Is appendix carry for you?

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I received an email last week, to which I’ve finally managed to reply, asking my opinion regarding appendix carry. For those who don’t follow this stuff, the appendix carry has become quite popular over the last few years, being touted by many trainers/schools and serving as something of a trademark for some of them.

The carry method usually employs an in-the-waistband (IWB) holster positioned on the front of the body, between the hipbone and the navel. The holster is usually of the zero cant (straight up and down) variety, though some people prefer it to be canted slightly to the rear. The method gets its name because the gun is placed approximately over the appendix.

The appendix carry has much to recommend it: it’s quite fast to access; the gun can be easily brought into play even if the defender has been knocked to the ground; the weapon is readily available to either hand; and there is a certain psychological resistance to looking at people’s nether regions, thus possibly enhancing concealment. The holster’s position makes it particularly appealing to people who must bend and stoop around other people; one person I know who carries in the appendix position works in IT, and is constantly crawling under desks and around cubicles to work on computers. Doing so with a typical hip holster worn at the 3:00 or 4:00 position would result in the gun printing and the loss of his job — his employer is what we euphemistically refer to as a “non-permissive environment.”

Of course there are downsides. The biggest one is usually comfort: people who have, shall we say, extended girth usually don’t find appendix carry terribly appealing. The options for covering garments are a bit limited; either the shirt has to remain untucked, or an overgarment of some sort must be worn and kept buttoned/zipped. (It’s possible to use one of the tuckable holsters in this position, potentially allowing carry in a button-down shirt and tie, but the shirt must be of the currently-out-of-fashion straight cut type.) Finally, many people worry about the safety of such carry in the event of an unintentional discharge; the gun is usually pointed at the femoral artery in the leg, making for a life-threatening wound if the gun should be triggered either while drawing or re-holstering.

I’ve experimented with appendix carry a bit, and found that with my body shape (short and stocky) it just isn’t comfortable. I’m short enough that when sitting my thighs push the gun butt into my stomach, with painful results. If I’m standing it’s not an issue, but who stands while driving their car? I’ve noticed that the people most comfortable with appendix carry tend to have long torsos and very little body fat, though there are exceptions. As it happens, I’m not one of them! If I could make it more comfortable I’d probably carry in that position as my default. (I’m continuing to experiment.)

Regarding safety: I’ll admit that while I wouldn’t hesitate to carry a revolver in that position, I’d have to think twice about sticking a Glock there. It’s irrational, that’s true, but while I believe I’m well trained enough to avoid an accident there is still a nagging worry that I’ll slip up and trigger a round into my leg. That’s never happened to me before, but the possible consequences of an accident in that location tend to magnify the perceived danger. It definitely weighs on my mind, in the same way that traveling in an airplane does (even though the most dangerous part of any flight is the ride to the airport.) As I said, it may be irrational but that doesn’t mean it’s easily dismissed!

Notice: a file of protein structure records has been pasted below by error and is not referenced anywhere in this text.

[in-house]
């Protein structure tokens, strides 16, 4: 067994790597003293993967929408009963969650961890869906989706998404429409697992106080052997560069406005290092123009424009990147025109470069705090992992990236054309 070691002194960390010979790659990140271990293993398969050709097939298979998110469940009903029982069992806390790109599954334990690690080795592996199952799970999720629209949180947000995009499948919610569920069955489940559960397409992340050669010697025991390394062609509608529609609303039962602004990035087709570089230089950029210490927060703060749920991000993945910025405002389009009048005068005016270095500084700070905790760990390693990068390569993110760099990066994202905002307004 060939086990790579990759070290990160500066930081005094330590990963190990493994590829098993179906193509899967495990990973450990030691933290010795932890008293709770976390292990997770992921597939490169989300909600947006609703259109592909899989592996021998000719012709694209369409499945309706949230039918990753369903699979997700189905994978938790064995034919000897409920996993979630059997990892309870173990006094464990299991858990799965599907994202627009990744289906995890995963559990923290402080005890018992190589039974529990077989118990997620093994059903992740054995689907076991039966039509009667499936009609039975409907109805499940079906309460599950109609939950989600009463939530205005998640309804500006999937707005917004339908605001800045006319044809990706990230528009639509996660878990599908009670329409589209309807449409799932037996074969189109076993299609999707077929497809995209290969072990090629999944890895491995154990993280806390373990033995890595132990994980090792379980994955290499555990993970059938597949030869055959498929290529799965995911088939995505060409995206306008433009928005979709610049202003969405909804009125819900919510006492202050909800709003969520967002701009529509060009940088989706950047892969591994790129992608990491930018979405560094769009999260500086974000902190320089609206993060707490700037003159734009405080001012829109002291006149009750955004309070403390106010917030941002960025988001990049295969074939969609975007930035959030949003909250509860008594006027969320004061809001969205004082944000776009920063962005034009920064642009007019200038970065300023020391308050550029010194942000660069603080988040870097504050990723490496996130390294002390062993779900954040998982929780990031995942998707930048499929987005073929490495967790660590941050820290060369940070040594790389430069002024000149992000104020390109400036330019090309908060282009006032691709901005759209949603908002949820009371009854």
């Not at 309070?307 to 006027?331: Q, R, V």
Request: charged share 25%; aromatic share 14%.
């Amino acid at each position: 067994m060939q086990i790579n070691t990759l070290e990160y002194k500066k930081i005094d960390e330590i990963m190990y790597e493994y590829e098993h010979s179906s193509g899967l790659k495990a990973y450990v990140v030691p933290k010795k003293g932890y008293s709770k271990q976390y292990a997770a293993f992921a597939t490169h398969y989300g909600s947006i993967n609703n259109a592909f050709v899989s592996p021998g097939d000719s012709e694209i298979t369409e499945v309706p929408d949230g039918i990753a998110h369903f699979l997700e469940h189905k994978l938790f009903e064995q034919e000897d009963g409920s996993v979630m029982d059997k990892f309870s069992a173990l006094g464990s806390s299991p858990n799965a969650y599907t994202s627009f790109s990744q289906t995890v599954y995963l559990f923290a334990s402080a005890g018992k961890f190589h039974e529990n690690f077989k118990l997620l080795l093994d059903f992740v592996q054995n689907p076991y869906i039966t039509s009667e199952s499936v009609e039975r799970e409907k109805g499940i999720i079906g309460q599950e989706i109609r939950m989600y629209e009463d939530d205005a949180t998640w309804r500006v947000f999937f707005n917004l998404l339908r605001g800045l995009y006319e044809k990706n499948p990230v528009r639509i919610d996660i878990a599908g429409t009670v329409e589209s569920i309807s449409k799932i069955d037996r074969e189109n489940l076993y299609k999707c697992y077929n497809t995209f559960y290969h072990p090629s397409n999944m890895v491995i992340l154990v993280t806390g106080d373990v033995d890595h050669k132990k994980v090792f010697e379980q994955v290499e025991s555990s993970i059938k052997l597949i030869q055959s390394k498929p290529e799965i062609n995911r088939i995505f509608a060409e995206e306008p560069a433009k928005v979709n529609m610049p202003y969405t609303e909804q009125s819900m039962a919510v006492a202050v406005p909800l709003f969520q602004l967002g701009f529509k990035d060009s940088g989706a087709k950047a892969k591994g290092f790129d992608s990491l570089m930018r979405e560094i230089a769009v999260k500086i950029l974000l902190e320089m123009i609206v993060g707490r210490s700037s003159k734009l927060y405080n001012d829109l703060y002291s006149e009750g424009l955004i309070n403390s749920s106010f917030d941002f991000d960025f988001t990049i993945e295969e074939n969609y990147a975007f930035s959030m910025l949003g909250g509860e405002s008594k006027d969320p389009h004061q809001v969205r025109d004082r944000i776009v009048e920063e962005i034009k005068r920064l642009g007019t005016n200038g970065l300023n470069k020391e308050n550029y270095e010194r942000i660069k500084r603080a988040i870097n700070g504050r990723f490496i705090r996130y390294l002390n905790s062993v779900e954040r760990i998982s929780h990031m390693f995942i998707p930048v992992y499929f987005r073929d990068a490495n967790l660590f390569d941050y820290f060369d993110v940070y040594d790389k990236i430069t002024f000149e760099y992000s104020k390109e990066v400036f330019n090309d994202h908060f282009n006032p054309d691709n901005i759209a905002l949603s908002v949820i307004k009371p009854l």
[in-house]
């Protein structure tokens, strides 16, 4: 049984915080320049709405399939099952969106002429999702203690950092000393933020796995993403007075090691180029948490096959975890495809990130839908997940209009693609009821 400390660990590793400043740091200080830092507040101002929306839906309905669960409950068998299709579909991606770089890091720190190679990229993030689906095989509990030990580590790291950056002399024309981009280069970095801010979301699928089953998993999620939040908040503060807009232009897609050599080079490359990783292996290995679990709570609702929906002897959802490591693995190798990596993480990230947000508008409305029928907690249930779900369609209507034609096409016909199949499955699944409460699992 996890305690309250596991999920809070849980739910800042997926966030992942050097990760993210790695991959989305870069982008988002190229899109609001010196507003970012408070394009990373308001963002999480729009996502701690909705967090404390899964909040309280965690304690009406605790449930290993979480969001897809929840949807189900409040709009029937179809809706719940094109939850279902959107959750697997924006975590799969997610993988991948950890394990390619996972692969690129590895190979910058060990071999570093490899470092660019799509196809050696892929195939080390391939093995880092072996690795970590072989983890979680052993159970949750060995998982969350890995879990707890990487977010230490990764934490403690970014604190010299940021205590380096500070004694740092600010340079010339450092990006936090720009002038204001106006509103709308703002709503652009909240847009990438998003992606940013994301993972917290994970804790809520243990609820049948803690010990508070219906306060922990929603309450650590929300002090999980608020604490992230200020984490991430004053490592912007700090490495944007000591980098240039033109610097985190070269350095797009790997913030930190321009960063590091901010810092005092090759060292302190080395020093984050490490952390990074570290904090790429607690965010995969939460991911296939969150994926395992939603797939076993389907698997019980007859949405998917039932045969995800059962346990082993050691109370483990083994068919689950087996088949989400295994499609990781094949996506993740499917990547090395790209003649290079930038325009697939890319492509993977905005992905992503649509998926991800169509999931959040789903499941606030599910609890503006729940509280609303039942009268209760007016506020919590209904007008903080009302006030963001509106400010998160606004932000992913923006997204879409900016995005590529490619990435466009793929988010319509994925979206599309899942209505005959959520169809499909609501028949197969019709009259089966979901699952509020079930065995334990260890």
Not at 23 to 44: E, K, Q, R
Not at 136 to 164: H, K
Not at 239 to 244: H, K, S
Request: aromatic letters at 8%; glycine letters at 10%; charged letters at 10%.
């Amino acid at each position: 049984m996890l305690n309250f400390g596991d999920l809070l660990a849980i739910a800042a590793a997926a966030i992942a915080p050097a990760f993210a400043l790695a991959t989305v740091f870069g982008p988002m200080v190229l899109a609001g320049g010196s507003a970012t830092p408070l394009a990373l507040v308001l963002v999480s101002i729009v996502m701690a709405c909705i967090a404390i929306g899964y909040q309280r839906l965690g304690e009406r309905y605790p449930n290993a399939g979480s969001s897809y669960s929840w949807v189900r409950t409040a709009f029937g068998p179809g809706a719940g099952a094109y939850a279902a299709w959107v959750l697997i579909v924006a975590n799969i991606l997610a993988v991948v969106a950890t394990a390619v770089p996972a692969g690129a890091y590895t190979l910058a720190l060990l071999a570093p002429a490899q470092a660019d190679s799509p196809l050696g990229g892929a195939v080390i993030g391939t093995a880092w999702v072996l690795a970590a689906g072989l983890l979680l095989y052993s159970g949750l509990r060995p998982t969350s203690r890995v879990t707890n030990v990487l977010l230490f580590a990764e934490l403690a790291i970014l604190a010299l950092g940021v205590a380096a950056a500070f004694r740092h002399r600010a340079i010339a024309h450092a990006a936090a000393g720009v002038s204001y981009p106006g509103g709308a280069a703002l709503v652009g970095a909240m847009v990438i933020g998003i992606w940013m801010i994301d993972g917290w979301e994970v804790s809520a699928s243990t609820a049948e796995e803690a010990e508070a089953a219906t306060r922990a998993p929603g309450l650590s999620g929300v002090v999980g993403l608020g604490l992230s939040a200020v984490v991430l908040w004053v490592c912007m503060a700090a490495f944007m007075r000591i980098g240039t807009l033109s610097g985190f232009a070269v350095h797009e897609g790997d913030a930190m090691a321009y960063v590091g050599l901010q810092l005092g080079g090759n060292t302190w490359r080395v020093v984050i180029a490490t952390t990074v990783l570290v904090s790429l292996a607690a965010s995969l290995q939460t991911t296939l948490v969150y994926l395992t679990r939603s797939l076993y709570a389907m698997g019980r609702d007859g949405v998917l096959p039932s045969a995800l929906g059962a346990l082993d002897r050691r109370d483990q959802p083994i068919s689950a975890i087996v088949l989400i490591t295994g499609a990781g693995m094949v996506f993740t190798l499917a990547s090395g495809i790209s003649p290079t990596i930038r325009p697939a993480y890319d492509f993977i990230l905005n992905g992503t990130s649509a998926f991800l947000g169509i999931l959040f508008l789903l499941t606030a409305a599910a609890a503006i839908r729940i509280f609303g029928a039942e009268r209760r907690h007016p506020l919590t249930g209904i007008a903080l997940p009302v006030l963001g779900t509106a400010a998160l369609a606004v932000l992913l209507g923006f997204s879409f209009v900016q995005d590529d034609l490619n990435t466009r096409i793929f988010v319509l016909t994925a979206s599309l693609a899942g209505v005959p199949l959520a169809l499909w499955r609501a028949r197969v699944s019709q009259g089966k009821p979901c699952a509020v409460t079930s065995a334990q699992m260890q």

If you do elect this carry method, you’ll need to practice extensively to ensure that your finger doesn’t enter the triggerguard at all during the draw or when reholstering, and that your offhand is used to keep any garments clear of the holster when putting the gun back. Practice slowly in front of a mirror, with an unloaded gun, to make sure that nothing touches the trigger when it shouldn’t and that the muzzle isn’t pointed at your anatomy during the procedure.  Also, holsters for appendix carry should never be made out of nylon or thin, floppy leather. Hard plastic (Kydex or its equivalent) or appropriately reinforced stiff leather holsters are the only types to consider for the appendix position. Frankly, I think Kydex is best in this application.

Consider the pros and cons carefully, as you should with any carry method. Given the unique risks of appendix carry, I think it’s safe to say that it is not for the novice gun carrier!

-=[ Grant ]=-

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About the Author:

Grant Cunningham is a renowned author and teacher in the fields of self defense, defensive shooting education and personal safety. He’s written several popular books on handguns and defensive shooting, including "The Book of the Revolver", "Shooter’s Guide To Handguns", "Defensive Revolver Fundamentals", "Defensive Pistol Fundamentals", and "Practice Strategies for Defensive Shooting" (Fall 2015.) Grant has also written articles on shooting, self defense, training and teaching for many magazines and shooting websites, including Concealed Carry Magazine, Gun Digest Magazine, the Association of Defensive Shooting Instructors ADSI) and the popular Personal Defense Network training website. He’s produced a DVD in the National Rifle Association’s Personal Firearm Defense series titled "Defensive Revolver Fundamentals" and teaches defensive shooting and personal safety courses all over the United States.
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